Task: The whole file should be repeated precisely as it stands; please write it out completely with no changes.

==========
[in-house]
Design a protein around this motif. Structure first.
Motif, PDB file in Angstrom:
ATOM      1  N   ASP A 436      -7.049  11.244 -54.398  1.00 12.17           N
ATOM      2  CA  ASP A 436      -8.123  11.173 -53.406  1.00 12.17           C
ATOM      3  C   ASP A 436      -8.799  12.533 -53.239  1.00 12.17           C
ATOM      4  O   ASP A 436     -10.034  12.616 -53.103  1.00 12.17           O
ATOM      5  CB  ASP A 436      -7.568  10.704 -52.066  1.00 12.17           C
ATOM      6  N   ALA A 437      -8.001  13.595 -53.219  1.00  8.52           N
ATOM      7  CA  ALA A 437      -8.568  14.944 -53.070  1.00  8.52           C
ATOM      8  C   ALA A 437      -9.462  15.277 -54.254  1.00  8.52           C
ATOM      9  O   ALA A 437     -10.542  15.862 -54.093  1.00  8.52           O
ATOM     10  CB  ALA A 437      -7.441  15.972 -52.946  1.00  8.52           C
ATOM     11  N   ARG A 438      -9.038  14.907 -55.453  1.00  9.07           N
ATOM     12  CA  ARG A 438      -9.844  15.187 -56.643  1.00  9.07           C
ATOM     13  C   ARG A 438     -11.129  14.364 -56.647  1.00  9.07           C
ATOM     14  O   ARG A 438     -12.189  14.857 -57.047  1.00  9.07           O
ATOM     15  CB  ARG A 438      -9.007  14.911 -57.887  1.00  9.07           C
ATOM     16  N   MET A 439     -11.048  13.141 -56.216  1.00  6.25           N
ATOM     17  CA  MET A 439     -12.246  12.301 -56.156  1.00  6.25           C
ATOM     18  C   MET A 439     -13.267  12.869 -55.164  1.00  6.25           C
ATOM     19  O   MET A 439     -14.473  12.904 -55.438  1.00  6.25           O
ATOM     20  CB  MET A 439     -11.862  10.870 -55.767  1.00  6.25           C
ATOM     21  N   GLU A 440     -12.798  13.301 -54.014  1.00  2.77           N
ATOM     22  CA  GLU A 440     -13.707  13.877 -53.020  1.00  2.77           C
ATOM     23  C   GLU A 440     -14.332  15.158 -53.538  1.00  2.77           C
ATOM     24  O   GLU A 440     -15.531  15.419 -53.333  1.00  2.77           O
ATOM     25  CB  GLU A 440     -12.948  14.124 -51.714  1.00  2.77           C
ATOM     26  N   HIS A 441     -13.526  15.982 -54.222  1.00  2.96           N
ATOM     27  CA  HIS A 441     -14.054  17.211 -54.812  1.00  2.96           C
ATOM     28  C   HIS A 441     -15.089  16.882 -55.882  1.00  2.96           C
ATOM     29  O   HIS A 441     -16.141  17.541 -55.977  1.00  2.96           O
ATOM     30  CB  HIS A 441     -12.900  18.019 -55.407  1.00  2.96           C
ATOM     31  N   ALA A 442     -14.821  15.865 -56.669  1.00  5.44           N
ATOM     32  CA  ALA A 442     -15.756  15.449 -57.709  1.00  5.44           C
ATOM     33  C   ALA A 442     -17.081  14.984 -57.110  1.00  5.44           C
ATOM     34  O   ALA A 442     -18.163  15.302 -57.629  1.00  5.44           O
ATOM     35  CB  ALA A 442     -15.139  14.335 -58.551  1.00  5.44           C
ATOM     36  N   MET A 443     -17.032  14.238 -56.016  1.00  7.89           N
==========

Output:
[in-house]
Design a protein around this motif. Structure first.
Motif, PDB file in Angstrom:
ATOM      1  N   ASP A 436      -7.049  11.244 -54.398  1.00 12.17           N
ATOM      2  CA  ASP A 436      -8.123  11.173 -53.406  1.00 12.17           C
ATOM      3  C   ASP A 436      -8.799  12.533 -53.239  1.00 12.17           C
ATOM      4  O   ASP A 436     -10.034  12.616 -53.103  1.00 12.17           O
ATOM      5  CB  ASP A 436      -7.568  10.704 -52.066  1.00 12.17           C
ATOM      6  N   ALA A 437      -8.001  13.595 -53.219  1.00  8.52           N
ATOM      7  CA  ALA A 437      -8.568  14.944 -53.070  1.00  8.52           C
ATOM      8  C   ALA A 437      -9.462  15.277 -54.254  1.00  8.52           C
ATOM      9  O   ALA A 437     -10.542  15.862 -54.093  1.00  8.52           O
ATOM     10  CB  ALA A 437      -7.441  15.972 -52.946  1.00  8.52           C
ATOM     11  N   ARG A 438      -9.038  14.907 -55.453  1.00  9.07           N
ATOM     12  CA  ARG A 438      -9.844  15.187 -56.643  1.00  9.07           C
ATOM     13  C   ARG A 438     -11.129  14.364 -56.647  1.00  9.07           C
ATOM     14  O   ARG A 438     -12.189  14.857 -57.047  1.00  9.07           O
ATOM     15  CB  ARG A 438      -9.007  14.911 -57.887  1.00  9.07           C
ATOM     16  N   MET A 439     -11.048  13.141 -56.216  1.00  6.25           N
ATOM     17  CA  MET A 439     -12.246  12.301 -56.156  1.00  6.25           C
ATOM     18  C   MET A 439     -13.267  12.869 -55.164  1.00  6.25           C
ATOM     19  O   MET A 439     -14.473  12.904 -55.438  1.00  6.25           O
ATOM     20  CB  MET A 439     -11.862  10.870 -55.767  1.00  6.25           C
ATOM     21  N   GLU A 440     -12.798  13.301 -54.014  1.00  2.77           N
ATOM     22  CA  GLU A 440     -13.707  13.877 -53.020  1.00  2.77           C
ATOM     23  C   GLU A 440     -14.332  15.158 -53.538  1.00  2.77           C
ATOM     24  O   GLU A 440     -15.531  15.419 -53.333  1.00  2.77           O
ATOM     25  CB  GLU A 440     -12.948  14.124 -51.714  1.00  2.77           C
ATOM     26  N   HIS A 441     -13.526  15.982 -54.222  1.00  2.96           N
ATOM     27  CA  HIS A 441     -14.054  17.211 -54.812  1.00  2.96           C
ATOM     28  C   HIS A 441     -15.089  16.882 -55.882  1.00  2.96           C
ATOM     29  O   HIS A 441     -16.141  17.541 -55.977  1.00  2.96           O
ATOM     30  CB  HIS A 441     -12.900  18.019 -55.407  1.00  2.96           C
ATOM     31  N   ALA A 442     -14.821  15.865 -56.669  1.00  5.44           N
ATOM     32  CA  ALA A 442     -15.756  15.449 -57.709  1.00  5.44           C
ATOM     33  C   ALA A 442     -17.081  14.984 -57.110  1.00  5.44           C
ATOM     34  O   ALA A 442     -18.163  15.302 -57.629  1.00  5.44           O
ATOM     35  CB  ALA A 442     -15.139  14.335 -58.551  1.00  5.44           C
ATOM     36  N   MET A 443     -17.032  14.238 -56.016  1.00  7.89           N